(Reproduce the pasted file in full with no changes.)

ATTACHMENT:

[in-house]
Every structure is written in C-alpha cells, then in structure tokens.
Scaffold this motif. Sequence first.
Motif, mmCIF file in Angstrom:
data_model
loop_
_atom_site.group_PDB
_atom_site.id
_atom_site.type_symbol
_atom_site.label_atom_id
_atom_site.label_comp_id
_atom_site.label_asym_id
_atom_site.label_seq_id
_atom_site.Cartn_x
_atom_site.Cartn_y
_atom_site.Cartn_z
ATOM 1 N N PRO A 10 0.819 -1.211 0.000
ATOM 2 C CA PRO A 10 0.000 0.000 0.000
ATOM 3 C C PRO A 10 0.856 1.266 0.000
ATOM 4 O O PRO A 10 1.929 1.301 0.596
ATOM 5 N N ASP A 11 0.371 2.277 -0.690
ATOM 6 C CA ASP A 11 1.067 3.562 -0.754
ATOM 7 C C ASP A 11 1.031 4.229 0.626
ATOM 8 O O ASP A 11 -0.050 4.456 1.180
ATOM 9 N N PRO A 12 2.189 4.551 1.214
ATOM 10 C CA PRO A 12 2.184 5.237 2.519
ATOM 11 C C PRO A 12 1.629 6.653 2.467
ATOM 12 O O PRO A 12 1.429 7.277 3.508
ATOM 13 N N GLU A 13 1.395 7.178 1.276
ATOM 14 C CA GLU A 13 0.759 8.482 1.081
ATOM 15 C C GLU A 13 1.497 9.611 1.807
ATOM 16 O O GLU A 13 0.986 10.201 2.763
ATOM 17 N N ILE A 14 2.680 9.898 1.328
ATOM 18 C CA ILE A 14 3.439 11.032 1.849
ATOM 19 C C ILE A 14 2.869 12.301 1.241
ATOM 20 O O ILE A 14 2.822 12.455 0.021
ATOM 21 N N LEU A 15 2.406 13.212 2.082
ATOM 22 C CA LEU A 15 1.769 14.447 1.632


[in-house]
Every structure is written in C-alpha cells, then in structure tokens.
Scaffold this motif. Sequence first.
Motif, mmCIF file in Angstrom:
data_model
loop_
_atom_site.group_PDB
_atom_site.id
_atom_site.type_symbol
_atom_site.label_atom_id
_atom_site.label_comp_id
_atom_site.label_asym_id
_atom_site.label_seq_id
_atom_site.Cartn_x
_atom_site.Cartn_y
_atom_site.Cartn_z
ATOM 1 N N PRO A 10 0.819 -1.211 0.000
ATOM 2 C CA PRO A 10 0.000 0.000 0.000
ATOM 3 C C PRO A 10 0.856 1.266 0.000
ATOM 4 O O PRO A 10 1.929 1.301 0.596
ATOM 5 N N ASP A 11 0.371 2.277 -0.690
ATOM 6 C CA ASP A 11 1.067 3.562 -0.754
ATOM 7 C C ASP A 11 1.031 4.229 0.626
ATOM 8 O O ASP A 11 -0.050 4.456 1.180
ATOM 9 N N PRO A 12 2.189 4.551 1.214
ATOM 10 C CA PRO A 12 2.184 5.237 2.519
ATOM 11 C C PRO A 12 1.629 6.653 2.467
ATOM 12 O O PRO A 12 1.429 7.277 3.508
ATOM 13 N N GLU A 13 1.395 7.178 1.276
ATOM 14 C CA GLU A 13 0.759 8.482 1.081
ATOM 15 C C GLU A 13 1.497 9.611 1.807
ATOM 16 O O GLU A 13 0.986 10.201 2.763
ATOM 17 N N ILE A 14 2.680 9.898 1.328
ATOM 18 C CA ILE A 14 3.439 11.032 1.849
ATOM 19 C C ILE A 14 2.869 12.301 1.241
ATOM 20 O O ILE A 14 2.822 12.455 0.021
ATOM 21 N N LEU A 15 2.406 13.212 2.082
ATOM 22 C CA LEU A 15 1.769 14.447 1.632